52 residents in 52 weeks #23 Roger de Lacy

OK ‘resident’ is pushing it a bit as its pretty unlikely they ever actually lived here…or even visited here… or had even heard of the place. Neither Springhill nor Deadwenclough (the old name for the local area) ‘existed’ when they flourished and Rossendale was subject to forest law.

So who were the de Lacy and what did they have to do with Springhill?

Ilbert de Lacy was accompanying William the Conqueror, was heavily involved in the ‘Harrying of the North’ between 1169-70 and was rewarded with lands in the Pontefract area of West Yorkshire and became the first Baron Pontefract. At this time Blackburnshire (including Rossendale) was awarded to Roger de Poitou.

When de Poitou fell fro grace his lands were awarded to the de Lacy family. Published dates (in secondary sources) for this vary between 1102 and 1121, in the Baronecy of Ilbert’s son Robert (d ~ 1130), the second Baron. Clitheroe Castle was substantially built during this period.

The third Baron, Ilbert (d ~ 1141) was captured with King Stephen at the Battle of Lincoln. After his death his brother Henry (d 1177)became 4th Baron, followed by Henry’s son Robert (d 1193), the 5th Baron.

Following the death of Robert de Lacy, (5th Baron) who died childless, the Baronecy passed through:
Albreda de Lacy (m Robert de Lissours) the daughter of Robert de Lacy (2nd Baron)
her daughter, Albreda de Lissours (m Richard FitzEustace)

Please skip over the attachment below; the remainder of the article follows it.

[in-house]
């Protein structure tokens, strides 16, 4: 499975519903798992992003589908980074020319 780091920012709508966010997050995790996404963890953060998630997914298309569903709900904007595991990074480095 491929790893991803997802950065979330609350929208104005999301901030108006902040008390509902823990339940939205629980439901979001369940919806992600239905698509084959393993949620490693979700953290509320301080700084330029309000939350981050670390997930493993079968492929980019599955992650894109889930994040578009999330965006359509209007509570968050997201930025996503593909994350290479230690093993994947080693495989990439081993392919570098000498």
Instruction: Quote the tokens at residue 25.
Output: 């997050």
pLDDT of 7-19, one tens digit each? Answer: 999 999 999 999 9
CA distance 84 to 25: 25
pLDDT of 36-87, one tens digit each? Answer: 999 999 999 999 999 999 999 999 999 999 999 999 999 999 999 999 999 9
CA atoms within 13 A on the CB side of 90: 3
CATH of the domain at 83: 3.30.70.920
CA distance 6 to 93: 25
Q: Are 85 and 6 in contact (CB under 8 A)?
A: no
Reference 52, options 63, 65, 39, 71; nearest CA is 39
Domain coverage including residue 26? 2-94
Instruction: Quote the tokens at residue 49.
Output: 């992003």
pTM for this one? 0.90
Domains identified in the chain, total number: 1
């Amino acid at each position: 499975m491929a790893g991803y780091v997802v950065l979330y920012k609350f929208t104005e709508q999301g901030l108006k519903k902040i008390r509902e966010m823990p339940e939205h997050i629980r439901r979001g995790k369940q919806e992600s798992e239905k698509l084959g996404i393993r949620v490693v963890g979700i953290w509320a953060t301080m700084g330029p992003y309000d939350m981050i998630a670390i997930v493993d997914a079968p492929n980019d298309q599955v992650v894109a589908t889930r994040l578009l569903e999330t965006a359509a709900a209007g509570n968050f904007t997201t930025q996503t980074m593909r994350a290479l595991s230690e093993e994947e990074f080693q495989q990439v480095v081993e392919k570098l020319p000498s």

John FitzRichard (d 1190). John founded Stanlow Abbey in 1178.

to Roger FitzJohn (1170-1211) on the condition he changed his name to de Lacy. Roger enlarged the estate, acquiring Rochdale amongst other places.

Roger de Lacy was said to be a colourful character. There is speculation that in his earlier days he was the
Sheriff of Nottingham of ‘Robin Hood’ fame. Later he is said to have defeated the Welsh rebellion in 1210 with a collect of singers, musicians and beggars - perhaps he heard of Abijiah King of Judah in the Old Testament? However despite the relatively non-violent defeat of the rebellion his subsequent treatment of the rebels was ferocious.

Next in line were:
John (c 1192-1240), who is named on Magna Carta. He also acquired the fee of Tottington.
Edmund, (c 1230-1258)
Henry (c1251-1211). Henry apparently oversaw the movement of the monastery from Stanlow to Whalley in 1296. This probably included the transfer of the bones of Roger and John de Lacy to Whalley.
Alice de Lacy who married Thomas Earl of Lancaster. Most of her estate, including he lands in Lancashire, transferred to him as part of her marriage settlement in 1311.

Although they may rarely if ever visited the area their influence was profound:
  • Rossendale was at this time a private hunting chase for the de Lacy family and as such subject to forest law and relatively unsettled.
  • The Abbey at Whalley became the parish church for Rossendale, including the Springhill area. This necessitated a journey of 12 miles across open moor for baptisms, weddings and funerals.
  • The marriage of Alice de Lacy and Thomas of Lancaster led to the land being transferred into the Duchy of Lancaster